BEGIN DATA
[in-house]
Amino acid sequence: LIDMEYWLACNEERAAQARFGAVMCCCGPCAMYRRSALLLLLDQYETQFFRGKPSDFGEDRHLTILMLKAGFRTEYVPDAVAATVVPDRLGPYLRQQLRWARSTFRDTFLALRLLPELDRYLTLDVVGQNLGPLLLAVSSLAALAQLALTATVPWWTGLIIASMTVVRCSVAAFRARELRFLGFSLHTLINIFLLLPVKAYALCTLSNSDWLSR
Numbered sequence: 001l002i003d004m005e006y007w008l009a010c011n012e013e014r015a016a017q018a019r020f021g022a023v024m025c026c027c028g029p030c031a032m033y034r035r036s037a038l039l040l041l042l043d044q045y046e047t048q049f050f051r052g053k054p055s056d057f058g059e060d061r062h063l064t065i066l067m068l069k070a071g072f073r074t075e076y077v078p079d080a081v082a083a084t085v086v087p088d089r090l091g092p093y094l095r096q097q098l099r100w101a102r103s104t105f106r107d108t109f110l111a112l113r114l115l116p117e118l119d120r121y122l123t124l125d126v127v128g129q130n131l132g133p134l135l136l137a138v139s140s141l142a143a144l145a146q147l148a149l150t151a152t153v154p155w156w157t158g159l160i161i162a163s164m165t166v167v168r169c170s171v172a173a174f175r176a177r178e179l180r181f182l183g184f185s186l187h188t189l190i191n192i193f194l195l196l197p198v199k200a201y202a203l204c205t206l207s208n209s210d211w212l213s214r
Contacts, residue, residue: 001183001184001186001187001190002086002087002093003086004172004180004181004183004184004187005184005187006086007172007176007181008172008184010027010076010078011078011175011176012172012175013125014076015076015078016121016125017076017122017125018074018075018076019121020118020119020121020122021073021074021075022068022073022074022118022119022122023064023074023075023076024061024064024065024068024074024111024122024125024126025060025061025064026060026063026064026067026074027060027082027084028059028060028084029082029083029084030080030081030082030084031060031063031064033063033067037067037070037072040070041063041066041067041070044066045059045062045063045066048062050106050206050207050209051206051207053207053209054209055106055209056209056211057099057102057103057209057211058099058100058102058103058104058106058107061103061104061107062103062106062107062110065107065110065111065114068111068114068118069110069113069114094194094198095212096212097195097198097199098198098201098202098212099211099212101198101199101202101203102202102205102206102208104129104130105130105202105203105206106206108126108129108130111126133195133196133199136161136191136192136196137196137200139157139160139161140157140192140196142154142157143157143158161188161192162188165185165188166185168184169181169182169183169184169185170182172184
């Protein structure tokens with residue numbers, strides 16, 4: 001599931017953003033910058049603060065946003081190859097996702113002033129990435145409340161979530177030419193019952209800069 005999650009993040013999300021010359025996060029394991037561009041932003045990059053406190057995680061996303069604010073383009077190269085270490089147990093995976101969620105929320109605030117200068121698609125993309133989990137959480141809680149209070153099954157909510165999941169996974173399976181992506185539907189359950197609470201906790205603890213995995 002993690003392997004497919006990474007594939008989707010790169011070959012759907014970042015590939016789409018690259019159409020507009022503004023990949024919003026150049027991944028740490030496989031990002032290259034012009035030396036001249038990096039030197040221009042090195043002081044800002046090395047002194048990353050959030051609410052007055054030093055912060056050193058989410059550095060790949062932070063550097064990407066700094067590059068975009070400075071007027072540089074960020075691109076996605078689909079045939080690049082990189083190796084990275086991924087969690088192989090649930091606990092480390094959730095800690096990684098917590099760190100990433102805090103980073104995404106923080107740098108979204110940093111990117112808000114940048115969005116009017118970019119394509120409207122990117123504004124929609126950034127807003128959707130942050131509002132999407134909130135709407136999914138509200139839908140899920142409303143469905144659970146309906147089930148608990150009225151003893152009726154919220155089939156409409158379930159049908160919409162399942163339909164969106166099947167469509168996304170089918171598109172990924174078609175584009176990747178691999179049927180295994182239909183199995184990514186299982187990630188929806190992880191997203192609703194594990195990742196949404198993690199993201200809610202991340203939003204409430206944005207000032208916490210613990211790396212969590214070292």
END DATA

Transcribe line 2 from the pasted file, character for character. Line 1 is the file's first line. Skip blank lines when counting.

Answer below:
Amino acid sequence: LIDMEYWLACNEERAAQARFGAVMCCCGPCAMYRRSALLLLLDQYETQFFRGKPSDFGEDRHLTILMLKAGFRTEYVPDAVAATVVPDRLGPYLRQQLRWARSTFRDTFLALRLLPELDRYLTLDVVGQNLGPLLLAVSSLAALAQLALTATVPWWTGLIIASMTVVRCSVAAFRARELRFLGFSLHTLINIFLLLPVKAYALCTLSNSDWLSR